Five economic charts to watch in H2 2021: United States

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As the United States sees an increase in the number of new COVID-19 cases due to the highly contagious Delta variant, concerns grow about the resilience of the ongoing economic recovery. As events continue to shape the economic outlook, let’s take a look at some of the data that will guide us in monitoring the U.S. economy in the second half of 2021.


Strong GDP growth is expected to continue through the end of the year

The US economy grew strongly in the first half, growing 6.3% (annualized quarterly growth) in the first quarter and 6.6% in the second quarter. The economy has now recouped all of the losses of 2020 and is 0.8% larger than it was at the end of 2019. Consumer spending has been the main driver of growth in the first two quarters , but economists fear activity may stagnate as COVID-19 cases continue to rise. July’s readings of monthly personal consumption expenditure and retail sales disappointed, both being below estimates. Still, analysts polled by FactSet expect growth to remain strong in the second half, with median estimates of 6.3% and 5.8% expansions in the third and fourth quarters, respectively. For the year, the economy is expected to grow 6.2% after the 3.4% contraction in 2020.


Transient inflation?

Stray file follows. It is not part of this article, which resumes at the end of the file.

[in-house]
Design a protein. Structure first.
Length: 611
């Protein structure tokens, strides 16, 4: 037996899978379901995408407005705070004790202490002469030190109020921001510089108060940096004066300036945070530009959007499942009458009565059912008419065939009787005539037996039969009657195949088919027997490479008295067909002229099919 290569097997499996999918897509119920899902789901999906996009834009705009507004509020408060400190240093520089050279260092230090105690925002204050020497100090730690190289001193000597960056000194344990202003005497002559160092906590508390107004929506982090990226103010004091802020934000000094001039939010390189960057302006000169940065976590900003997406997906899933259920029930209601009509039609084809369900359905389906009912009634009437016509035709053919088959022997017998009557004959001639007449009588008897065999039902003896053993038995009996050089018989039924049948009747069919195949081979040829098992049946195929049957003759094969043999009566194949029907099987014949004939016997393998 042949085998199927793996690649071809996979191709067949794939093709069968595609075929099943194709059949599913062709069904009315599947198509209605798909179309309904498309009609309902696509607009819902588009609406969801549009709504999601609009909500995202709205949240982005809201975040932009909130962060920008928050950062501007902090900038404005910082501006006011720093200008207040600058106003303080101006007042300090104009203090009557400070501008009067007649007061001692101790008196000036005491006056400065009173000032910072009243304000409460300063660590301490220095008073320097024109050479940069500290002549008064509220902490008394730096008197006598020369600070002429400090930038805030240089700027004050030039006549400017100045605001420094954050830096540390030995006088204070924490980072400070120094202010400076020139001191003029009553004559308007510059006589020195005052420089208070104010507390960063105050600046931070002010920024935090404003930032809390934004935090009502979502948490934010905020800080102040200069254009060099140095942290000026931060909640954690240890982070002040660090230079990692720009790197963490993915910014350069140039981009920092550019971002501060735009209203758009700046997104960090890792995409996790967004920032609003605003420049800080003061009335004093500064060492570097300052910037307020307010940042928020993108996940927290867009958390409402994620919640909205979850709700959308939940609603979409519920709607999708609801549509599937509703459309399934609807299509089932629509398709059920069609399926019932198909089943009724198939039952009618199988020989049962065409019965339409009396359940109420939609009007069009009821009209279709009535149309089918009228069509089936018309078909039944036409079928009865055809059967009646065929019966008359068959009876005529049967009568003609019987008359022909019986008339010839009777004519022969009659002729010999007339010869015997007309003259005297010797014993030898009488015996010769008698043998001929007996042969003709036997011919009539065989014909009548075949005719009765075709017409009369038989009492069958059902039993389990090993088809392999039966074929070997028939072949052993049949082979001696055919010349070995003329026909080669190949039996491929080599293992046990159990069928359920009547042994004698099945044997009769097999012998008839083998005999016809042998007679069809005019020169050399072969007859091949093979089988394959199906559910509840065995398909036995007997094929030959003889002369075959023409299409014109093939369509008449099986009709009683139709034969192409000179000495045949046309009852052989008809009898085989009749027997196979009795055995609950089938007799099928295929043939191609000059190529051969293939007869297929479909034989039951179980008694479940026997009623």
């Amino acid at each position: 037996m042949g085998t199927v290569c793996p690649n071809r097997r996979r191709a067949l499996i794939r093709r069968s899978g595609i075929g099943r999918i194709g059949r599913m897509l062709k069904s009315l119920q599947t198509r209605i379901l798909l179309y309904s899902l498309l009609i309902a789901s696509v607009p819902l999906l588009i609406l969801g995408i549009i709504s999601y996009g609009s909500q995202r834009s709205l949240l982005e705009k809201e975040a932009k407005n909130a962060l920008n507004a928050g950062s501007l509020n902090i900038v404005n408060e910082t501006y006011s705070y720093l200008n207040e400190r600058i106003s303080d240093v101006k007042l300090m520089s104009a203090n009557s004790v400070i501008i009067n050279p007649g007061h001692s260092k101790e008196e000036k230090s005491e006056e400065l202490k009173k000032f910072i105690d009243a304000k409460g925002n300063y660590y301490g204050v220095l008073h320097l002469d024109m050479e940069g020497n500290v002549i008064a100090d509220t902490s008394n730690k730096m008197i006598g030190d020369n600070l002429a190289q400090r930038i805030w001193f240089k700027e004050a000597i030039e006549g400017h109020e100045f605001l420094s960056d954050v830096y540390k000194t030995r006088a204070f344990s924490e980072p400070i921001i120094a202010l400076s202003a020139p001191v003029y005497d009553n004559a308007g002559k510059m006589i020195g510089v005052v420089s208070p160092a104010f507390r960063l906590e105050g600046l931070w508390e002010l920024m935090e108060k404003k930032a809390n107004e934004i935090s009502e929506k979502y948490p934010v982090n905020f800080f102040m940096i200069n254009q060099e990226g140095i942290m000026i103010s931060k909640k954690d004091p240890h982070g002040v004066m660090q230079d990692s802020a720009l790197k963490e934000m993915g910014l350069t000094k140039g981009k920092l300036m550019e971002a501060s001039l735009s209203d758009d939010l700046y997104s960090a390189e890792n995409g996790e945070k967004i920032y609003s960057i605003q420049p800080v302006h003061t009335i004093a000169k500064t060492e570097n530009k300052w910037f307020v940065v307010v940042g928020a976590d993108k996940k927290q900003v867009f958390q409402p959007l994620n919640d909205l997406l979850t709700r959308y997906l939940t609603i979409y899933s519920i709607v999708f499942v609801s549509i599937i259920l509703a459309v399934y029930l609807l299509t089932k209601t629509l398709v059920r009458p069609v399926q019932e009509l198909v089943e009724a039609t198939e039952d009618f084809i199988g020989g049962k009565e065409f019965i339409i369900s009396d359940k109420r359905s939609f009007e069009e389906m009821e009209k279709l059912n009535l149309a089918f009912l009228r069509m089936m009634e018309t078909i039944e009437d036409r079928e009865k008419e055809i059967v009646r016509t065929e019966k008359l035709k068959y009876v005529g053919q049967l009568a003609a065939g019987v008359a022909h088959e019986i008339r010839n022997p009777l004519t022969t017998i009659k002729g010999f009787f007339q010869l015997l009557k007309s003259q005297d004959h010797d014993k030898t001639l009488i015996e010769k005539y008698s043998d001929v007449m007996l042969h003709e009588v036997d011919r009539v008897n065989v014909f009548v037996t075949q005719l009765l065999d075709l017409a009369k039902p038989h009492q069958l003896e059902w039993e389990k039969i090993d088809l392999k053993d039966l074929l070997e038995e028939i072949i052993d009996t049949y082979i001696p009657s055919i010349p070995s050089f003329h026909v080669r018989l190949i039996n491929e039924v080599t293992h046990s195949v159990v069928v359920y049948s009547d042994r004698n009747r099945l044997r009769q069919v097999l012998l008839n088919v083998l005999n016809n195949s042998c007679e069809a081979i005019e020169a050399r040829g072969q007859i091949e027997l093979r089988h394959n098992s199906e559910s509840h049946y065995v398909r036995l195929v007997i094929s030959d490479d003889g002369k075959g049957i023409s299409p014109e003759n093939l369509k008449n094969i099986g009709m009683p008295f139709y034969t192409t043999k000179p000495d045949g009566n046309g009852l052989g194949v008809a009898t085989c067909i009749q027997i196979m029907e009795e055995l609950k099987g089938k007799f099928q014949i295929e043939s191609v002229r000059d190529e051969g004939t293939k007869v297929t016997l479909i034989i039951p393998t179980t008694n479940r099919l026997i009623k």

Soaring prices continue to be a major concern for consumers, producers of goods and financial markets. Consumer price inflation is driven by the two largest categories of goods in the United States Bureau of Labor Statistics (BLS) Consumer Price Index (CPI): food and transportation products, excluding fuel. Together, these two components represent more than a fifth of the total CPI (21.7%). In July, food prices jumped 0.7% from June, while non-fuel transportation goods, which include new and used vehicles as well as parts and equipment, jumped 1.0% for the month. The total CPI rose 0.5% month over month while basic prices (excluding volatile food and energy components) rose 0.3%.

Producers are also faced with rising prices. The producer price index (PPI) of final demand rose 1.0% in July, while the PPI of processed products for intermediate demand rose 1.7% and the index of products unprocessed rose 1.4%. Markets continue to monitor all of these inflation numbers for signs that the Federal Reserve will tighten monetary policy. At the Fed’s closely watched Jackson Hole symposium in August, Fed Chairman Jerome Powell said a cut to the Fed’s asset purchase program could begin as early as this year but would not be tied. to rate increases.


Employment figures are mixed

Initial unemployment insurance claims fell at the end of August to their lowest level since March 2020. Initial unemployment claims totaled 340,000 for the week ended August 28; analysts polled by FactSet had expected a figure of 350,000. However, the August jobs report disappointed. The non-farm payroll in the United States rose 235,000 in August from FactSet estimates for an increase of 750,000. On the positive side, due to the revisions, employment in June and July combined is 134,000 more high than previously reported. In 2021, the wage bill saw an average monthly increase of 586,000, but there are still 5.3 million fewer jobs than before the start of the pandemic. Meanwhile, the number of job postings rose to a high of 10.1 million in June, according to the BLS release on job postings and workforce turnover (JOLTS) .


The imbalance of supply and demand continues to stimulate the housing market